The Ultimate Guide to AI for Healthcare Marketers + Do’s and Don’ts Cheatsheet What You Need to Know
The Ultimate Guide to AI for Healthcare Marketers + Do’s and Don’ts Cheatsheet What You Need to Know

We get it. “Audit” is a dirty word to marketers. It feels a lot like cleaning out the attic — vulnerable, nostalgic and grueling.

You’ll probably find boxes you haven’t touched in years (with clothing that’s so old, it’s back in style — hello, low-rise jeans). You’ll discover items you wish you hadn’t kept. (Did you really need to hang on to all 6 of your daughter’s notebooks from 8th grade?)

But it’s worth it. When it’s over, you’ll feel relieved and reenergized.

The same can be said about performing a content audit.

Do you have a content audit coming up? We’re here to help. Read 10 frequently asked questions about content audits in healthcare marketing.

Note: The answers below are general in nature. Reach out for recommendations specific to your health system or to learn how Aha Media Group performs multichannel healthcare content audits.

Why Healthcare Content Audits Are Important

1. What are the main goals of a content audit?

There are several reasons why health systems perform audits, depending on the specific organization. In general, audits pave the path to achieving 3 main goals:

  1. Understanding the content you have
  2. Assessing its performance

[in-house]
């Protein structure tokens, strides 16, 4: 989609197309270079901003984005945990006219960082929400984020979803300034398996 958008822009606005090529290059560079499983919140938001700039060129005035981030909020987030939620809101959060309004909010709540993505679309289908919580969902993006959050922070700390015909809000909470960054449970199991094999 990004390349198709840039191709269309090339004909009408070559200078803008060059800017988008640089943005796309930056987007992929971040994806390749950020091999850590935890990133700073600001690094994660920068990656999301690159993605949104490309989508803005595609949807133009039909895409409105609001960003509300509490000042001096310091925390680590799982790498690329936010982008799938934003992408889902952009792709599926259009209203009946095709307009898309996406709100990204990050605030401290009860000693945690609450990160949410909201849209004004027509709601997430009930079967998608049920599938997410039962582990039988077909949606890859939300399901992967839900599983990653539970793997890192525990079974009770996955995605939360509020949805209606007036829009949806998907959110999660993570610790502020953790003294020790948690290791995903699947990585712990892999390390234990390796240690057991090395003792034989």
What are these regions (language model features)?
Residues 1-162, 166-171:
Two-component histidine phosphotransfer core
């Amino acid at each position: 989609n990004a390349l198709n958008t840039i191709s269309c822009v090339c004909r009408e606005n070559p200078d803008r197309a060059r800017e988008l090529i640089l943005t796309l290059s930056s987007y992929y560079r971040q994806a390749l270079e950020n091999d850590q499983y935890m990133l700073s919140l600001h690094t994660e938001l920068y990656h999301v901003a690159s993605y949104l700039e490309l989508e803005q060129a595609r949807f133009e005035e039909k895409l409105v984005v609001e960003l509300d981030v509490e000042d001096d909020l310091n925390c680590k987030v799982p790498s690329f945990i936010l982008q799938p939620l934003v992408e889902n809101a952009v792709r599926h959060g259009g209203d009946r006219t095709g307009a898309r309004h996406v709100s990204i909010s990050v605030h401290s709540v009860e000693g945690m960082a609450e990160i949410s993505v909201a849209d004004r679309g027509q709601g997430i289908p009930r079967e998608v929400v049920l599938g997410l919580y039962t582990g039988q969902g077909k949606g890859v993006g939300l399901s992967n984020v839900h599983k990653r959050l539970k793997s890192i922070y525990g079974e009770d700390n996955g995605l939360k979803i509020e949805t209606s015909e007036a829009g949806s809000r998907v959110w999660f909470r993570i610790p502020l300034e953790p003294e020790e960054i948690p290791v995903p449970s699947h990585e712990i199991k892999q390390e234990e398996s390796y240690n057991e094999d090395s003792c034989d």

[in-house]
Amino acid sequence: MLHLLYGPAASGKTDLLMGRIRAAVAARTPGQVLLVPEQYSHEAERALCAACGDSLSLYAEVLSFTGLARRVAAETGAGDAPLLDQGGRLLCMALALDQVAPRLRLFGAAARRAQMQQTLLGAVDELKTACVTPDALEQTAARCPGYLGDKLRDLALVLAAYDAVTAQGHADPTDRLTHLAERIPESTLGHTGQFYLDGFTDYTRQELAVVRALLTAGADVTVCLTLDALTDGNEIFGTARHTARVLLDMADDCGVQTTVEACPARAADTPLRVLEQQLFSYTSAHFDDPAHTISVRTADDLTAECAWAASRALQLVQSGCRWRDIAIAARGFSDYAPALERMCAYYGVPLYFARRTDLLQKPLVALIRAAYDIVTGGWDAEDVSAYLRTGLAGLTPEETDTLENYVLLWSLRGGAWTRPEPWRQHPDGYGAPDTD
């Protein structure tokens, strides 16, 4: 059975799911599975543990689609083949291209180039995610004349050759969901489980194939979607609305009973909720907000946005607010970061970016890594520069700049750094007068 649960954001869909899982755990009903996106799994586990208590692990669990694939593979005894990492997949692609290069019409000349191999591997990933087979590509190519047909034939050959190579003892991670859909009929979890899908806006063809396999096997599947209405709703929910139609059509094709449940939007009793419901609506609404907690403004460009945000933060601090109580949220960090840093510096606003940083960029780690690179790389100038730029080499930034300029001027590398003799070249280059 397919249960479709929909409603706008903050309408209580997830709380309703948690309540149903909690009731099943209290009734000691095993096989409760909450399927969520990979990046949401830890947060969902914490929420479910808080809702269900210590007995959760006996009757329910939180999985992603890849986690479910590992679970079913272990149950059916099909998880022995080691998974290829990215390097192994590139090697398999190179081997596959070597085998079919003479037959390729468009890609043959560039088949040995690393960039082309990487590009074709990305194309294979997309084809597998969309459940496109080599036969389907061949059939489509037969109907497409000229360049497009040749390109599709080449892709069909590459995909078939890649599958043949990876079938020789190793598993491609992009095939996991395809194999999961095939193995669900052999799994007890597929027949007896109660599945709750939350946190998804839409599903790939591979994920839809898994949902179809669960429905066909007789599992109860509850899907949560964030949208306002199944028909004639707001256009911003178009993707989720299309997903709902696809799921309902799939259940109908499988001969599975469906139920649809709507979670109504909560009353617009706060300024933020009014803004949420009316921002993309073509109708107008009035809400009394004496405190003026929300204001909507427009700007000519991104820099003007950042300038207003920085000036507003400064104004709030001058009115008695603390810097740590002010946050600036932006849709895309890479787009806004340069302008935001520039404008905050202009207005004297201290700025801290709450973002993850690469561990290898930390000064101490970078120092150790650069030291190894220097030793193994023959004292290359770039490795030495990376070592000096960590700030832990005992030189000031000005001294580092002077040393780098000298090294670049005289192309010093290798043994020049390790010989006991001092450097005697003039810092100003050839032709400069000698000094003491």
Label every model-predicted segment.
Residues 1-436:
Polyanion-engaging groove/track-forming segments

3. Determining how to improve your content to better align with business goals

2. What are the benefits of auditing your content?

Comprehensive audits are worth the effort. Auditing your healthcare content can help you:

  • Improve patient engagement and acquisition: Audits open your eyes to channels and webpages that could be more engaging, patient-centric and easy to understand or navigate.
  • Enhance healthcare brand visibility: A healthcare website content audit reveals how your website can be more competitive, increase rankings and boost traffic. A social media audit uncovers ways to improve engagement and visibility.
  • Find opportunities to compete: A competitor analysis serves as a roadmap to find and capitalize on shortcomings. It isn’t surprising to find gaps you can fill in — whether those gaps exist in local SEO, email, service line pages or other channels.
  • Demonstrate the ROI of marketing efforts: Find quick wins and opportunities to differentiate your brand in the competitive healthcare market (and impress leadership).
  • Keep up with hospital content management: Once you assess your content ecosystem and update or sunset the pages you may have forgotten about, set a plan to regularly update your content.

Looking for proof of how a content audit can benefit a health system? We audited Advocate Aurora Health’s content and created a healthcare content strategy that increased:

  • User engagement by 20%
  • Video plays by 25%
  • Pages per session by 22%
  • Find-a-doctor action by 17%

3. What might we uncover during an audit?